Understanding Psoriasis And Its Various Forms
As we age, and particularly as we hit the over 50s landmark, we can find ourselves being bothered by illnesses and health conditions that never affected us before. One of these is psoriasis, a non-contagious skin condition that can rear its head in a very unpleasant way at this time of life.
Many of us think of psoriasis as a single condition that just attacks the skin but in fact there are many types; plaque, scalp, guttate, pustular and nail psoriasis and even psoriatic arthritis.
Not only does it look unpleasant but it can cause the skin to itch and split. You may find yourself afflicted with it most of the time or it may come and go, worsening at different periods in your life. Affecting between 2-3% if the population, it can make life uncomfortable and be very irritating.
Let’s take a brief look at the different types:
This creates patches on the skin referred to as plaques. Pink in colour, they are scaly and rough. It can suddenly appear anywhere on the body, frequently showing up on knees and elbows and even the scalp. It is also known as psoriasis vulgaris which means common psoriasis.
This is very similar to plaque psoriasis and is particularly uncomfortable when it shows up on the scalp. Looking a little like dandruff, it will be itchy and can even result in hair loss.
This is actually a form of chronic plaque psoriasis and is much the same except it does not have the scales. It hides in folds in the skin so you may find it under breasts and under armpits or in the groin.
This shows up as small fluid-filled spots called pustules that are red and sore and often show on the soles of your feet and palms of your hands. If it shows elsewhere on the body it should always be referred to your G.P who can then refer you to a dermatologist if necessary.
If you have small dents in your nails or if the nail is lifting away from the bed and thickening, you may have nail psoriasis. Discoloured patches can also show up. This type is more common in people who have psoriatic arthritis, as well as elderly patients.
This shows itself as small round plaques on the body, often no more than 1cm in diameter; it can last a few weeks and then suddenly disappear. It is more common among children and teenagers.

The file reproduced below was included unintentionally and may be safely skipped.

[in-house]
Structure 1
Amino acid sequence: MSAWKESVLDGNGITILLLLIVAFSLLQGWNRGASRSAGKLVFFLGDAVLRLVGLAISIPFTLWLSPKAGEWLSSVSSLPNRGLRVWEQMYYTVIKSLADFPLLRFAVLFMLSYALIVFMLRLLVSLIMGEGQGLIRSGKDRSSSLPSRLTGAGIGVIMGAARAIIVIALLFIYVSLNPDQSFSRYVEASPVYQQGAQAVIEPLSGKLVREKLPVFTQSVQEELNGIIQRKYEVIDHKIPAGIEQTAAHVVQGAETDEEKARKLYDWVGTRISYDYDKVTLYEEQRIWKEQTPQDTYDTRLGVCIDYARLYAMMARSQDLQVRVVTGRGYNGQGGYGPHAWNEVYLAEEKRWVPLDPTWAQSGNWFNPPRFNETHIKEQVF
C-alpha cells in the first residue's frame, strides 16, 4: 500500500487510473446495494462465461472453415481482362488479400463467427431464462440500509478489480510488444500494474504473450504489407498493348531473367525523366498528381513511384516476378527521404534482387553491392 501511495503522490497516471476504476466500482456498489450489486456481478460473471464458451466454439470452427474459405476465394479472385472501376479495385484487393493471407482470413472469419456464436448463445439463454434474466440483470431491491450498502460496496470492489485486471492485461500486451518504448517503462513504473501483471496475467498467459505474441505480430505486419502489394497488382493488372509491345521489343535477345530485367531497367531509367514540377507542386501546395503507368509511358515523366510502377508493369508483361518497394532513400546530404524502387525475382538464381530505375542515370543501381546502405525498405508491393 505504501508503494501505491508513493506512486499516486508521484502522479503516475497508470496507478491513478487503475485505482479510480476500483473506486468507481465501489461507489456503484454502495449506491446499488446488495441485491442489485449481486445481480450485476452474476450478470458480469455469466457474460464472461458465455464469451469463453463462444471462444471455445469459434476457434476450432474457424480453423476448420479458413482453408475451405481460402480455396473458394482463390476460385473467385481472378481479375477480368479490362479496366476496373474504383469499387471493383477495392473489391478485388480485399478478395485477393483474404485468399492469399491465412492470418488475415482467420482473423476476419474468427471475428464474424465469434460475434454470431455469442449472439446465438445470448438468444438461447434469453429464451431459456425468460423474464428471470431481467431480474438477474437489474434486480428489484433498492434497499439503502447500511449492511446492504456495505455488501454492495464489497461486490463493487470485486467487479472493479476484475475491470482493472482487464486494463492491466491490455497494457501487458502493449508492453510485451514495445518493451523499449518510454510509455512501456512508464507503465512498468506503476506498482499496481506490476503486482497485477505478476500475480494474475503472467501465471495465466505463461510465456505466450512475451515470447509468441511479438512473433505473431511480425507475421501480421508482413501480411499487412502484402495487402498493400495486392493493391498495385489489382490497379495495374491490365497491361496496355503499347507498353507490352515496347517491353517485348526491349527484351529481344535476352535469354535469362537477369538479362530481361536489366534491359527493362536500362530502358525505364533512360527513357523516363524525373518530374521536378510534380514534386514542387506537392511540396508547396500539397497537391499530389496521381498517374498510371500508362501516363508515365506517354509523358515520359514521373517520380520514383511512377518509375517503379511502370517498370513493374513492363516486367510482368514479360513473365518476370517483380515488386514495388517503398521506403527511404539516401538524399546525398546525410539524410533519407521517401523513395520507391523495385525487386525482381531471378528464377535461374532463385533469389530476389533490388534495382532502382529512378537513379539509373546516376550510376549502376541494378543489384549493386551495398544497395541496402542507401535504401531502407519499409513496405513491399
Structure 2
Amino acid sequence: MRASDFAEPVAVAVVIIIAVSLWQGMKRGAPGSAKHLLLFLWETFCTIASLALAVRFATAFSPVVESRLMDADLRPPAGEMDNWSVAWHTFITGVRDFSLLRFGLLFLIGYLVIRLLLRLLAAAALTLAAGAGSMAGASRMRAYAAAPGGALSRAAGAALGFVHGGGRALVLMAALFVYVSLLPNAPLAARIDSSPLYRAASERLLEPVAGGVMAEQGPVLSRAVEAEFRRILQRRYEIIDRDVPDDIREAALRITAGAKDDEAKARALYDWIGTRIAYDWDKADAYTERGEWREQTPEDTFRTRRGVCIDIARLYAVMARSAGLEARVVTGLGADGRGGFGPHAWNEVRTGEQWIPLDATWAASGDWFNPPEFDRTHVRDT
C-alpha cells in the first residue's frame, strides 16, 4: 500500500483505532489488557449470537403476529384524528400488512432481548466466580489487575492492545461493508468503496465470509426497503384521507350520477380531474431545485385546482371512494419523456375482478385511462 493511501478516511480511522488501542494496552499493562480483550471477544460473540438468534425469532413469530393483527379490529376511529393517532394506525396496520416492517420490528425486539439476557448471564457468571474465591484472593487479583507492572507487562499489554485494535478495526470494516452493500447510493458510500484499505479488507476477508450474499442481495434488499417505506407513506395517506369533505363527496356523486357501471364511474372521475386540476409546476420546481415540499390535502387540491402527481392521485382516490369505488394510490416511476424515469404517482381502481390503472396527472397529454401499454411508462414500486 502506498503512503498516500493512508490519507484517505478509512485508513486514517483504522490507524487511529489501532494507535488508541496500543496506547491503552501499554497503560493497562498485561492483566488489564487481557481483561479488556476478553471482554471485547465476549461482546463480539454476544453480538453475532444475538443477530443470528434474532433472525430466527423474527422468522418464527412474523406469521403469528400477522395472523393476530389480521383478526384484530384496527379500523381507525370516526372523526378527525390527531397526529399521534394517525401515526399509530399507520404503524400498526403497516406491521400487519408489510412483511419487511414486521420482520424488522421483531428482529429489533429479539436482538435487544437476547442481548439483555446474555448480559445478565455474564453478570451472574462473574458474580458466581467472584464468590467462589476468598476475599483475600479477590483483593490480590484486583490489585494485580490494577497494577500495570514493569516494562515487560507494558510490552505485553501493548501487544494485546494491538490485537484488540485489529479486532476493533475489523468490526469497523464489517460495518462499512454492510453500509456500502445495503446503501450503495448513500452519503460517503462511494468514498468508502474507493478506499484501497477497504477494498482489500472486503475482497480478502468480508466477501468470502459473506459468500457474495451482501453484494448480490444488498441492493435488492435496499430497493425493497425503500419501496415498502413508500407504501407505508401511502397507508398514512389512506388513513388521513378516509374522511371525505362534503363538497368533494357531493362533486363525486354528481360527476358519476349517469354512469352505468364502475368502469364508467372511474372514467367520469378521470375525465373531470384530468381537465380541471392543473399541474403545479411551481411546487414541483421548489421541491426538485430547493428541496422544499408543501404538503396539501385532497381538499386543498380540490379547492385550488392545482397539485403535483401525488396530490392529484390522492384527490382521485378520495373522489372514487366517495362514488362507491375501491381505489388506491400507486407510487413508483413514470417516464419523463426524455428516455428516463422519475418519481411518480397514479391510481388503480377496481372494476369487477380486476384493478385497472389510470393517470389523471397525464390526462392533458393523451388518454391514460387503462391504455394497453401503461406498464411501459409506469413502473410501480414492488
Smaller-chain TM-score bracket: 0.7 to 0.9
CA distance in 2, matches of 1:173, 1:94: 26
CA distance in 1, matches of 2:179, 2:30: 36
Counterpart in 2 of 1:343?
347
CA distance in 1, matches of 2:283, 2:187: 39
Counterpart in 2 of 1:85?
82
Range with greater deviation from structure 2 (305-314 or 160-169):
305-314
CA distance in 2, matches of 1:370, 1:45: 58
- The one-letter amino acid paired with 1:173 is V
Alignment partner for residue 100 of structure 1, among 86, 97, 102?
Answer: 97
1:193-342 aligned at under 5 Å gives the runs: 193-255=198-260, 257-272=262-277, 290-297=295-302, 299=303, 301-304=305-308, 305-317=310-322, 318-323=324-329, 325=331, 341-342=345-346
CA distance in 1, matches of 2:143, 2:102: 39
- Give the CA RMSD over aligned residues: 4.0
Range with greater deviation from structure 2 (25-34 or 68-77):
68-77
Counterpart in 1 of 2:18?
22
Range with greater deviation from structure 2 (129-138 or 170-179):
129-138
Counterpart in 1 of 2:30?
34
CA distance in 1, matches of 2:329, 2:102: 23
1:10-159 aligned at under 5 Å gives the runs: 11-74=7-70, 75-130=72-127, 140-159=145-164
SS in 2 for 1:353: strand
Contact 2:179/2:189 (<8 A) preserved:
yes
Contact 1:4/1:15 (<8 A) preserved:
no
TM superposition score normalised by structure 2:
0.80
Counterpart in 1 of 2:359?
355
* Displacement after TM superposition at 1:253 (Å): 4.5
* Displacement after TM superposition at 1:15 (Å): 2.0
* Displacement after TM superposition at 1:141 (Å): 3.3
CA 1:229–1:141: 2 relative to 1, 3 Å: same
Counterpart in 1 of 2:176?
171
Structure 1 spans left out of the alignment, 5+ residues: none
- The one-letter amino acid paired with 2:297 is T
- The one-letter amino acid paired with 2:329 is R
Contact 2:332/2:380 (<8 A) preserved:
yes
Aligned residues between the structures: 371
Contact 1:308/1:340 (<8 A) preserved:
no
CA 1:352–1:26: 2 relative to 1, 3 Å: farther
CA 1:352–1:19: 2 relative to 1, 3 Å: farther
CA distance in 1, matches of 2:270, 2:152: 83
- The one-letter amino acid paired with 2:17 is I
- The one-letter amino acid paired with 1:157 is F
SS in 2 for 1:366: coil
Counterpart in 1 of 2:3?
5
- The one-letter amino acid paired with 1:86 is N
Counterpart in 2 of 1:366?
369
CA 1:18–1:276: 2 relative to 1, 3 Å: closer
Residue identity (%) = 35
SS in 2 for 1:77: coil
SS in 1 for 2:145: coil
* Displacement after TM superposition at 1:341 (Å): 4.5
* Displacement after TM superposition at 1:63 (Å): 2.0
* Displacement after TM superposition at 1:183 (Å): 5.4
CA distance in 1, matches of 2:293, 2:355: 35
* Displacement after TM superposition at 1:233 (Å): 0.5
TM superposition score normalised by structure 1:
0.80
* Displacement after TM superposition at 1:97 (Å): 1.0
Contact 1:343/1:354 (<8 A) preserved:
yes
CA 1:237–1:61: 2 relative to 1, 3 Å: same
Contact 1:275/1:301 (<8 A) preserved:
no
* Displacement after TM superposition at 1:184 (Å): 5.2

The word erythema actually means ‘redness’ and it can create large red and sore areas on the skin. A fever may accompany it but luckily it is quite rare. It is also a serious condition so should always be treated urgently by a doctor or via a hospital.
Not many of us are aware that psoriasis can impact upon the joints but if you have painfully stiff joints, this can be psoriatic arthropy, a form of arthritis. It is most commonly found in fingers and toes. This type of psoriasis tends to develop about 10 years after the first signs and symptoms of psoriasis.
What are the risk factors and triggers?
- Family history – approximately 30% of all patients have a close relative who has the condition.
- HIV patients have a higher risk of developing the condition.
- Mental stress
- Recurring infections, particularly throat infections.
- Being overweight or obese, when plaques can develop in skin folds and creases.
- Heavy alcohol consumption can make the symptoms worse.
- Some medications may cause flare-ups. These include beta blockers, corticosteroids, anti-malarial drugs, ace-inhibitors and lithium.
Psoriasis does not have to be serious but it can be incredibly uncomfortable as well as itchy and sore. Whilst there are various remedies available to treat mild psoriasis in all of its many forms, serious or prolonged symptoms should always be referred to your doctor.
Tomorrow we will take a look at living with the condition and the best ways to manage your discomfort.
If you would like more help and advice, click on this link to the UK Psoriasis Association.
Finally, if you think this information may benefit a friend or loved one, don’t hesitate to pass it on via the links at the bottom of the page.